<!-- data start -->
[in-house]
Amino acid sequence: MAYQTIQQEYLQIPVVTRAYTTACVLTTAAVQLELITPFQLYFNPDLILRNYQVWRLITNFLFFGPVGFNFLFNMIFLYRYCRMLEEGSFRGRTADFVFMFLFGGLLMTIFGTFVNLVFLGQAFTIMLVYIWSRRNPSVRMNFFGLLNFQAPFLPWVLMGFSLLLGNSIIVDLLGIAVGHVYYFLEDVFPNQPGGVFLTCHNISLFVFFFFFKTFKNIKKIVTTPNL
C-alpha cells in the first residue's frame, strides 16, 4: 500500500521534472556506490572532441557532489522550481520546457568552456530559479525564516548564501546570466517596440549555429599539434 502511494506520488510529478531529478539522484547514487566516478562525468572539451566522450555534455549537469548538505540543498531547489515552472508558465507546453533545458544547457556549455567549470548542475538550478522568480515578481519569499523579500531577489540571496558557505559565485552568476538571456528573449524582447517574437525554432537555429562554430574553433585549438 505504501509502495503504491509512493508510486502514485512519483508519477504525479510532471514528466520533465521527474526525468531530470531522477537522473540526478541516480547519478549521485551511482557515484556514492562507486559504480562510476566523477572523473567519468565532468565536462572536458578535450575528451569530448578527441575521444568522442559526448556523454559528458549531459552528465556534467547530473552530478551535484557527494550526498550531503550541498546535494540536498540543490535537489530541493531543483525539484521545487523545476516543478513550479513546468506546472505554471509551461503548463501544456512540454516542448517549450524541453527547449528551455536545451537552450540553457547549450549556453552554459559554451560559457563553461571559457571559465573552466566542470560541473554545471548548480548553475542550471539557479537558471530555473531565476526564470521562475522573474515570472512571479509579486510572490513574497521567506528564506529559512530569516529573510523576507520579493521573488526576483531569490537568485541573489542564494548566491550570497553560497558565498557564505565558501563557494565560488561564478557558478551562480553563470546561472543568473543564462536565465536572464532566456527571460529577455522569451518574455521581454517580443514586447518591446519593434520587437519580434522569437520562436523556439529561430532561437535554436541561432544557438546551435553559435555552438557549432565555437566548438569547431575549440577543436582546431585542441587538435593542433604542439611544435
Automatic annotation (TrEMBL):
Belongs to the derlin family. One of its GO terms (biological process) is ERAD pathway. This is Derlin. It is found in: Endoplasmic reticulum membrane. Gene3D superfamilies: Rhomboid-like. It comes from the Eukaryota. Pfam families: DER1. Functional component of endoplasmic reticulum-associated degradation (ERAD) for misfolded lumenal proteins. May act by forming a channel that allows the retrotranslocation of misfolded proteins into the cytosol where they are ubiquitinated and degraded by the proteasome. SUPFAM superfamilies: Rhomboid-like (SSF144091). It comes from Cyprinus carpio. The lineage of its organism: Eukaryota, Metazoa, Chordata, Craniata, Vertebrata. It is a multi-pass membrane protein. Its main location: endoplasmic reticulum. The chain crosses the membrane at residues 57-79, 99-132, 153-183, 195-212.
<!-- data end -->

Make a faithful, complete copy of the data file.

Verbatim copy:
[in-house]
Amino acid sequence: MAYQTIQQEYLQIPVVTRAYTTACVLTTAAVQLELITPFQLYFNPDLILRNYQVWRLITNFLFFGPVGFNFLFNMIFLYRYCRMLEEGSFRGRTADFVFMFLFGGLLMTIFGTFVNLVFLGQAFTIMLVYIWSRRNPSVRMNFFGLLNFQAPFLPWVLMGFSLLLGNSIIVDLLGIAVGHVYYFLEDVFPNQPGGVFLTCHNISLFVFFFFFKTFKNIKKIVTTPNL
C-alpha cells in the first residue's frame, strides 16, 4: 500500500521534472556506490572532441557532489522550481520546457568552456530559479525564516548564501546570466517596440549555429599539434 502511494506520488510529478531529478539522484547514487566516478562525468572539451566522450555534455549537469548538505540543498531547489515552472508558465507546453533545458544547457556549455567549470548542475538550478522568480515578481519569499523579500531577489540571496558557505559565485552568476538571456528573449524582447517574437525554432537555429562554430574553433585549438 505504501509502495503504491509512493508510486502514485512519483508519477504525479510532471514528466520533465521527474526525468531530470531522477537522473540526478541516480547519478549521485551511482557515484556514492562507486559504480562510476566523477572523473567519468565532468565536462572536458578535450575528451569530448578527441575521444568522442559526448556523454559528458549531459552528465556534467547530473552530478551535484557527494550526498550531503550541498546535494540536498540543490535537489530541493531543483525539484521545487523545476516543478513550479513546468506546472505554471509551461503548463501544456512540454516542448517549450524541453527547449528551455536545451537552450540553457547549450549556453552554459559554451560559457563553461571559457571559465573552466566542470560541473554545471548548480548553475542550471539557479537558471530555473531565476526564470521562475522573474515570472512571479509579486510572490513574497521567506528564506529559512530569516529573510523576507520579493521573488526576483531569490537568485541573489542564494548566491550570497553560497558565498557564505565558501563557494565560488561564478557558478551562480553563470546561472543568473543564462536565465536572464532566456527571460529577455522569451518574455521581454517580443514586447518591446519593434520587437519580434522569437520562436523556439529561430532561437535554436541561432544557438546551435553559435555552438557549432565555437566548438569547431575549440577543436582546431585542441587538435593542433604542439611544435
Automatic annotation (TrEMBL):
Belongs to the derlin family. One of its GO terms (biological process) is ERAD pathway. This is Derlin. It is found in: Endoplasmic reticulum membrane. Gene3D superfamilies: Rhomboid-like. It comes from the Eukaryota. Pfam families: DER1. Functional component of endoplasmic reticulum-associated degradation (ERAD) for misfolded lumenal proteins. May act by forming a channel that allows the retrotranslocation of misfolded proteins into the cytosol where they are ubiquitinated and degraded by the proteasome. SUPFAM superfamilies: Rhomboid-like (SSF144091). It comes from Cyprinus carpio. The lineage of its organism: Eukaryota, Metazoa, Chordata, Craniata, Vertebrata. It is a multi-pass membrane protein. Its main location: endoplasmic reticulum. The chain crosses the membrane at residues 57-79, 99-132, 153-183, 195-212.